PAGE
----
Percentage allocation for my startup reasonable?


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I've developed a new product that I am going to be selling and putting on the market. I had been planning on funding everything with my own personal savings. I have a friend (Mike) who believes in the product and wants to be involved. He is not in a position to contribute financially but is willing to put in the hours promoting, marketing, and selling the product. We have talked about working together but have not discussed any numbers or how he will be compensated. I was considering offering him a percentage of the company when a recent turn of events occurred.

He spoke with a close friend of his (Donald) who has made 10's of millions buying, selling, and turning around businesses. I am told that he has been very successful and has loads of experience developing products and taking them to market around the world. Mike was simply calling Donald to ask for advice on manufacturing and got to talking in more detail about the product when Donald said that he is selling his current business, needs a new project to work on and asked if he could be involved.

We are meeting with Donald this week and I'm told that what he will be proposing is to fund the entire project and have the 3 of us run the business. In return he wants 51% ownership of the business. The remaining 49% would be for myself and Mike to work out. This is attractive to me as I would not have to use any of my own funds and someone with loads of experience and money would be running the show. (I have never taken a product to market before.) It would also allow us to accelerate the process. With my funds I would have to go at a slower pace.

I have two questions:

1) Does this sound like a reasonable proposal from Donald to have 51% with the money and experience that he is bringing to the table?

2) What would be a fair percentage to offer to Mike within the remaining 49%? Up until this point he hasn't contributed anything financially but if this deal works out he will have brought Donald into the picture and put us in a position to accelerate things much faster.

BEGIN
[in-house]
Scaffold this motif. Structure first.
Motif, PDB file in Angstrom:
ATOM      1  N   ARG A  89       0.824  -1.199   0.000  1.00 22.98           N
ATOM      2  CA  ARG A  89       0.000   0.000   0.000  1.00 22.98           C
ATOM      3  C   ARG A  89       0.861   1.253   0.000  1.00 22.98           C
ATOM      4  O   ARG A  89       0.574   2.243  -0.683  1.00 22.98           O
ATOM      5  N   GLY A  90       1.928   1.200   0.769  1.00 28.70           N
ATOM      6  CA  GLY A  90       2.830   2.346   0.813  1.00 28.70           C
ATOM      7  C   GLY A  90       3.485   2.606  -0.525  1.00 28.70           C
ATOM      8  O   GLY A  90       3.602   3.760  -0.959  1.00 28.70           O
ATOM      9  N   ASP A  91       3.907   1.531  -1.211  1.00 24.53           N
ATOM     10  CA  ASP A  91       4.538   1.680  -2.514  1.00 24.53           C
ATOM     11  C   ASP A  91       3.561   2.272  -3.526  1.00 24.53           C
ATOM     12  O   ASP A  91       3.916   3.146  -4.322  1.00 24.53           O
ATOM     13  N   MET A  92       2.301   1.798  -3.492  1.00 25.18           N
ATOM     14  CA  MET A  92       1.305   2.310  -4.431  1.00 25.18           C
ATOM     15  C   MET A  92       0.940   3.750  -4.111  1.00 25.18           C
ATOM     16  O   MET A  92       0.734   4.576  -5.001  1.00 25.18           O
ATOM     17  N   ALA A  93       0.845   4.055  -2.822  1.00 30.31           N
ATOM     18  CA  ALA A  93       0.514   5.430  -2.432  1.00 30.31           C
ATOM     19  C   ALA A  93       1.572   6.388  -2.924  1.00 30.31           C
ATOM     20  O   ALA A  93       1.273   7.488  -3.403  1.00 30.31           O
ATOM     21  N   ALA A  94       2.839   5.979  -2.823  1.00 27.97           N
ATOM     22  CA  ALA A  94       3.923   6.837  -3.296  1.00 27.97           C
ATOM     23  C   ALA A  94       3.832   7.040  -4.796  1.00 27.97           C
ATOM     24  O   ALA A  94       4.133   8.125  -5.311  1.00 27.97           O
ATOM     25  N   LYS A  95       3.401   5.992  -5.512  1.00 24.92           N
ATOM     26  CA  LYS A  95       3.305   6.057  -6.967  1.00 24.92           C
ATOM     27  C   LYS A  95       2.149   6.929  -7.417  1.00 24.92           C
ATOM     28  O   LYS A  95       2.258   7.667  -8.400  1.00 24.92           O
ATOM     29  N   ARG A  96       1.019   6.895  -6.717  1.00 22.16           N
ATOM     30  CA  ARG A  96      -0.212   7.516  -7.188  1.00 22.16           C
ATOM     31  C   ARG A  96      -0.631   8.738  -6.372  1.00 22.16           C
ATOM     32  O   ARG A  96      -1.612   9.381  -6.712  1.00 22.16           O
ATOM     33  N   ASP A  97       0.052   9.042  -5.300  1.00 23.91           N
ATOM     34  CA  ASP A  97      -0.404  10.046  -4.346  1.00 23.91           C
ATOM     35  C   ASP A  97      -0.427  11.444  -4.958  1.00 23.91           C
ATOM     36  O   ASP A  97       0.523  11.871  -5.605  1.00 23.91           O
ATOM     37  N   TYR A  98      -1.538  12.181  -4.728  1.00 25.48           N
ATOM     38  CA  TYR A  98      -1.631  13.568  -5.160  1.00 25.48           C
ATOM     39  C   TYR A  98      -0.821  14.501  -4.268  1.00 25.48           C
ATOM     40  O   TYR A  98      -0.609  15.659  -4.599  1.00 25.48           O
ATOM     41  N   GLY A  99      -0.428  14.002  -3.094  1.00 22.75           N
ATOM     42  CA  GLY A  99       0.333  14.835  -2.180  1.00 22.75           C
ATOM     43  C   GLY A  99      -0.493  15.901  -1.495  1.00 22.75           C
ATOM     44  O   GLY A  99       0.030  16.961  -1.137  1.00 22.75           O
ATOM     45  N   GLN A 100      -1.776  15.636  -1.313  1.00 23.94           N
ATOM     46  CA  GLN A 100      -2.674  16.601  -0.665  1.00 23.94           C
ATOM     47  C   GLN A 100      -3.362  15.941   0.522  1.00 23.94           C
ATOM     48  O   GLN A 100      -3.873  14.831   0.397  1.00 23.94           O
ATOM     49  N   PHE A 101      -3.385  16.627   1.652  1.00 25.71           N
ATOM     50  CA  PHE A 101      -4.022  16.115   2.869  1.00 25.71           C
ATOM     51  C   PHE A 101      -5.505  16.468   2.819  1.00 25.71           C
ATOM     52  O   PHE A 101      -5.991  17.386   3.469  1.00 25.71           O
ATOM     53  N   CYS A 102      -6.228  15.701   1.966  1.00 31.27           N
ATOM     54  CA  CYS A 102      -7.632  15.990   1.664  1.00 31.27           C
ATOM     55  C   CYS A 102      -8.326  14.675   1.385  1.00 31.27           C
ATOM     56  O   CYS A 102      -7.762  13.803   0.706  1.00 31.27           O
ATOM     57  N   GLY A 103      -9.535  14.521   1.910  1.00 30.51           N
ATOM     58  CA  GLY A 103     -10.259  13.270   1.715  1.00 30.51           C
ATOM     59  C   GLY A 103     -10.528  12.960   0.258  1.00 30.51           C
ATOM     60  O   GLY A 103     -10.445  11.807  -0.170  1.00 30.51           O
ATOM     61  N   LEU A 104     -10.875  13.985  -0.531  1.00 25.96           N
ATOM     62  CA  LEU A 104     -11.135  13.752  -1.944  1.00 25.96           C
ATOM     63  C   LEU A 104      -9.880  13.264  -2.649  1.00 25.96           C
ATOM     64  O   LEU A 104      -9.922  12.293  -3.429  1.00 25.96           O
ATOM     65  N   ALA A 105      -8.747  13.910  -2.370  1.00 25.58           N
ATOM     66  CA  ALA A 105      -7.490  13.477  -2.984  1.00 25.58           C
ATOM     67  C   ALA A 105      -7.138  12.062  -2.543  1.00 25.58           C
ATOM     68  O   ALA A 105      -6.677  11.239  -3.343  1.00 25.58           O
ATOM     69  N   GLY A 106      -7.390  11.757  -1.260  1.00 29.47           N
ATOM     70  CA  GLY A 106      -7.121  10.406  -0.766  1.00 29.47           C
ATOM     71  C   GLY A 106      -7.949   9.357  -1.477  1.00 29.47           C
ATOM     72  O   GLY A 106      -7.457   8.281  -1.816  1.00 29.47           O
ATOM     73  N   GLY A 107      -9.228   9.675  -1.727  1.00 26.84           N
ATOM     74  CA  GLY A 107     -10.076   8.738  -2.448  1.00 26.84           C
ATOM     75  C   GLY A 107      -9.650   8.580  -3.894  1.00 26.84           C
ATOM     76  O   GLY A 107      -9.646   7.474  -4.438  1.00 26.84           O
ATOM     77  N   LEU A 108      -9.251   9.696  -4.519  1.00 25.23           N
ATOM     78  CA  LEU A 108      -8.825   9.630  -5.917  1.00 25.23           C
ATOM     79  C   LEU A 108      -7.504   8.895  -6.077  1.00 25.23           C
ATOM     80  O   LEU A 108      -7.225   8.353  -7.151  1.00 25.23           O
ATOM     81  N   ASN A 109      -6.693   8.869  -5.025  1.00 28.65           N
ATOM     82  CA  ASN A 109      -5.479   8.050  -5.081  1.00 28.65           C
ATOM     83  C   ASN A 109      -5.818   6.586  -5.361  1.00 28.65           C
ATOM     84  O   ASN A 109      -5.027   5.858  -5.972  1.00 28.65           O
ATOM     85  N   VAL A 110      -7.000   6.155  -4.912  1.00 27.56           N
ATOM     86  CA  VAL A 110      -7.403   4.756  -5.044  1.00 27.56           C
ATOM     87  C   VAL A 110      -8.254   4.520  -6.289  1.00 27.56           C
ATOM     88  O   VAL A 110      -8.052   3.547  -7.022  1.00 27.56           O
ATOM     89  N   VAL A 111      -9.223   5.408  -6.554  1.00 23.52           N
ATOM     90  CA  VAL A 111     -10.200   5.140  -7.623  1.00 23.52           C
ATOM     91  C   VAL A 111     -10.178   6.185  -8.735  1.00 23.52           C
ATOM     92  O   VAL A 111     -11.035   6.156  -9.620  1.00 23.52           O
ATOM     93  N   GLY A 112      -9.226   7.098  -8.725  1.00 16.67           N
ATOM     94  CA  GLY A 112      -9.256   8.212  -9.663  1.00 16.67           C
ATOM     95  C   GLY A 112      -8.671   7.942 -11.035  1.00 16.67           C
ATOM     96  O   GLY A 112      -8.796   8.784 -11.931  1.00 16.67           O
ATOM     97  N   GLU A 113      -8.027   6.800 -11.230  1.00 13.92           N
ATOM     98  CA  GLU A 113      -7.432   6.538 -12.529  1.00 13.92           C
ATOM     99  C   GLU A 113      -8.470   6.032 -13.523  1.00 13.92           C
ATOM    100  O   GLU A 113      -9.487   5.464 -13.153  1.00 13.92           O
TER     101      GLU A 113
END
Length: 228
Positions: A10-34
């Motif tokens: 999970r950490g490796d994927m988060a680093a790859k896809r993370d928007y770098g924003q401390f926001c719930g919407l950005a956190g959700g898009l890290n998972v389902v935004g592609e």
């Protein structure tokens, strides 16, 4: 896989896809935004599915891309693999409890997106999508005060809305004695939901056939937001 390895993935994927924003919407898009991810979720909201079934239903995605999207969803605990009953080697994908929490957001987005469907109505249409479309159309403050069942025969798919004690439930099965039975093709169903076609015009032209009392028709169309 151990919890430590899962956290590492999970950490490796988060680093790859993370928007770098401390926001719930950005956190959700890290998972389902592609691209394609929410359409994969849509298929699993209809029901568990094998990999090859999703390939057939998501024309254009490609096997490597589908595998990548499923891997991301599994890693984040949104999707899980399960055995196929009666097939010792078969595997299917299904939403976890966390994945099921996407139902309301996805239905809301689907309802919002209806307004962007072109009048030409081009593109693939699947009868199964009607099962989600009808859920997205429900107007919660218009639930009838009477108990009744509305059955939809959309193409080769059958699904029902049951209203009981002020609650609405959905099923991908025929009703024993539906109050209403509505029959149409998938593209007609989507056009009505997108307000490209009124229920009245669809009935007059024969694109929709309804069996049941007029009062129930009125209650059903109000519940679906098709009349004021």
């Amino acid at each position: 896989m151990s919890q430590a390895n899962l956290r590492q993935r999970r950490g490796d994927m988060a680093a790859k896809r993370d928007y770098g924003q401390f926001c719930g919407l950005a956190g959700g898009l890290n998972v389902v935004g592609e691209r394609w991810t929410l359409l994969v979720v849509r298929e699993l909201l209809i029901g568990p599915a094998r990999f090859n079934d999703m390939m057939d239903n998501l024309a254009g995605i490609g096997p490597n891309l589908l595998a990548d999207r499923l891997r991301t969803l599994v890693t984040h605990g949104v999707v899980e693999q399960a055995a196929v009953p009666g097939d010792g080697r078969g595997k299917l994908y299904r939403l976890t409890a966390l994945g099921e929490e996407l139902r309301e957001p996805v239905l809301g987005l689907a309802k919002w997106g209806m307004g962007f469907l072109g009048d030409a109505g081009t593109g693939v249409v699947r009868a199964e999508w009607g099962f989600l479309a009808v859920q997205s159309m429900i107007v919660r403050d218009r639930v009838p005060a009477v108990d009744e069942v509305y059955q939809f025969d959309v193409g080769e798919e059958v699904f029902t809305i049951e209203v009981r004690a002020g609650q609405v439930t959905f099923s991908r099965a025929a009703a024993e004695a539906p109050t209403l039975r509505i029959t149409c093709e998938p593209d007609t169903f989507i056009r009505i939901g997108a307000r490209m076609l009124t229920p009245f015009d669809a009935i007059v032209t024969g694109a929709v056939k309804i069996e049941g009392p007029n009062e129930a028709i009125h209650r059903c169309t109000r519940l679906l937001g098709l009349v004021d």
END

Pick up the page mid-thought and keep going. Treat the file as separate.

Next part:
Any advice or feedback regarding these matters is greatly appreciated.

Thank you.

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asked Feb 26 '13 at 16:01
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John
1 point
Get up to $750K in working capital to finance your business: Clarify Capital Business Loans
  • Need more details - what is your estimated budget to bring the product to market? Staffing requirements? Inventory turn? How much is Donald paying for majority ownership of this company? – Jim Galley 8 years ago

1 Answer


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someone with loads of experience and money would be running the show

This is interesting because the term-sheet is the new employment contract. The nexus is the tradeoff between sweat and financial reward. Some points

  1. As minority shareholders, you will always be outvoted so what happens if there is a call for capital contributions? Are you prepared to be diluted down.
  2. What are the real assets of the enterprise? Is it the ideas (and thus protected under intellectual property laws) or the hours which are being capitalised? You can work out a fair wage and see whether it is accordance with the nominal share value (think debt-equity swap)
  3. co-partners ... what will be the contribution of you, Mike and Donald? If Donald is contributing "connections" it is not really a contribution as he takes them with him if he leaves. You have to only count what remains within the firm as if it is a stand-alone entity.

If you have your own savings, you can arrange to have side agreements where you can buy shares from Donald or Mike now or later down the road. What outsiders consider is that if it is such a good idea, where is the skin in the game. The equity split is only positive if there is a surplus so I'd advise looking very carefully at the business plan and who is taking responsibility/ownership.

answered May 22 '13 at 04:20
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Drllau
501 points

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